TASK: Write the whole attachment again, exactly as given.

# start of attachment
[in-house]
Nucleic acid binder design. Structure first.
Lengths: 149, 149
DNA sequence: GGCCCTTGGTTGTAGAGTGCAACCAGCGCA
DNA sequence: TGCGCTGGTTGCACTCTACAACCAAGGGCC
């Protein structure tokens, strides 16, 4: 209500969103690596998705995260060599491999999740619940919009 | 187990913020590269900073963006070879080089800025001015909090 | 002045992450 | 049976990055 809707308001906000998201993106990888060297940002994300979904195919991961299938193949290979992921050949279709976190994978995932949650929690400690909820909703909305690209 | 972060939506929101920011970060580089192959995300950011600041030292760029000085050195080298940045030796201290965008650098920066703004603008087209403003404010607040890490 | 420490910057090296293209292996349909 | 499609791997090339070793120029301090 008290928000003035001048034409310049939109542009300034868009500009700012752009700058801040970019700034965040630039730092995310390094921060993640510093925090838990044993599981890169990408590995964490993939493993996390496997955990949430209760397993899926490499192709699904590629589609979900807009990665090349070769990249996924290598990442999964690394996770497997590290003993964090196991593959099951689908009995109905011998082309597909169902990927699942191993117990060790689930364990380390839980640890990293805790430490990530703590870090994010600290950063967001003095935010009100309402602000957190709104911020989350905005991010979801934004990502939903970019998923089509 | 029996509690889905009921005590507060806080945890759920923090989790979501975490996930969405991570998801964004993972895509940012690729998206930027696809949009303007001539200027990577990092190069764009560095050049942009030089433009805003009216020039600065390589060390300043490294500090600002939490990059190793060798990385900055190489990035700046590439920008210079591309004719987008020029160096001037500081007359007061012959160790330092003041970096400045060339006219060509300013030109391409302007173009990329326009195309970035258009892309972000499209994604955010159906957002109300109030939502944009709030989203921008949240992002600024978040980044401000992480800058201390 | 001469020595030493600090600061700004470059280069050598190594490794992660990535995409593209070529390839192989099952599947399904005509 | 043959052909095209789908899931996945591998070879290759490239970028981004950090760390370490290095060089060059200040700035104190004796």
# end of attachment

[in-house]
Nucleic acid binder design. Structure first.
Lengths: 149, 149
DNA sequence: GGCCCTTGGTTGTAGAGTGCAACCAGCGCA
DNA sequence: TGCGCTGGTTGCACTCTACAACCAAGGGCC
């Protein structure tokens, strides 16, 4: 209500969103690596998705995260060599491999999740619940919009 | 187990913020590269900073963006070879080089800025001015909090 | 002045992450 | 049976990055 809707308001906000998201993106990888060297940002994300979904195919991961299938193949290979992921050949279709976190994978995932949650929690400690909820909703909305690209 | 972060939506929101920011970060580089192959995300950011600041030292760029000085050195080298940045030796201290965008650098920066703004603008087209403003404010607040890490 | 420490910057090296293209292996349909 | 499609791997090339070793120029301090 008290928000003035001048034409310049939109542009300034868009500009700012752009700058801040970019700034965040630039730092995310390094921060993640510093925090838990044993599981890169990408590995964490993939493993996390496997955990949430209760397993899926490499192709699904590629589609979900807009990665090349070769990249996924290598990442999964690394996770497997590290003993964090196991593959099951689908009995109905011998082309597909169902990927699942191993117990060790689930364990380390839980640890990293805790430490990530703590870090994010600290950063967001003095935010009100309402602000957190709104911020989350905005991010979801934004990502939903970019998923089509 | 029996509690889905009921005590507060806080945890759920923090989790979501975490996930969405991570998801964004993972895509940012690729998206930027696809949009303007001539200027990577990092190069764009560095050049942009030089433009805003009216020039600065390589060390300043490294500090600002939490990059190793060798990385900055190489990035700046590439920008210079591309004719987008020029160096001037500081007359007061012959160790330092003041970096400045060339006219060509300013030109391409302007173009990329326009195309970035258009892309972000499209994604955010159906957002109300109030939502944009709030989203921008949240992002600024978040980044401000992480800058201390 | 001469020595030493600090600061700004470059280069050598190594490794992660990535995409593209070529390839192989099952599947399904005509 | 043959052909095209789908899931996945591998070879290759490239970028981004950090760390370490290095060089060059200040700035104190004796």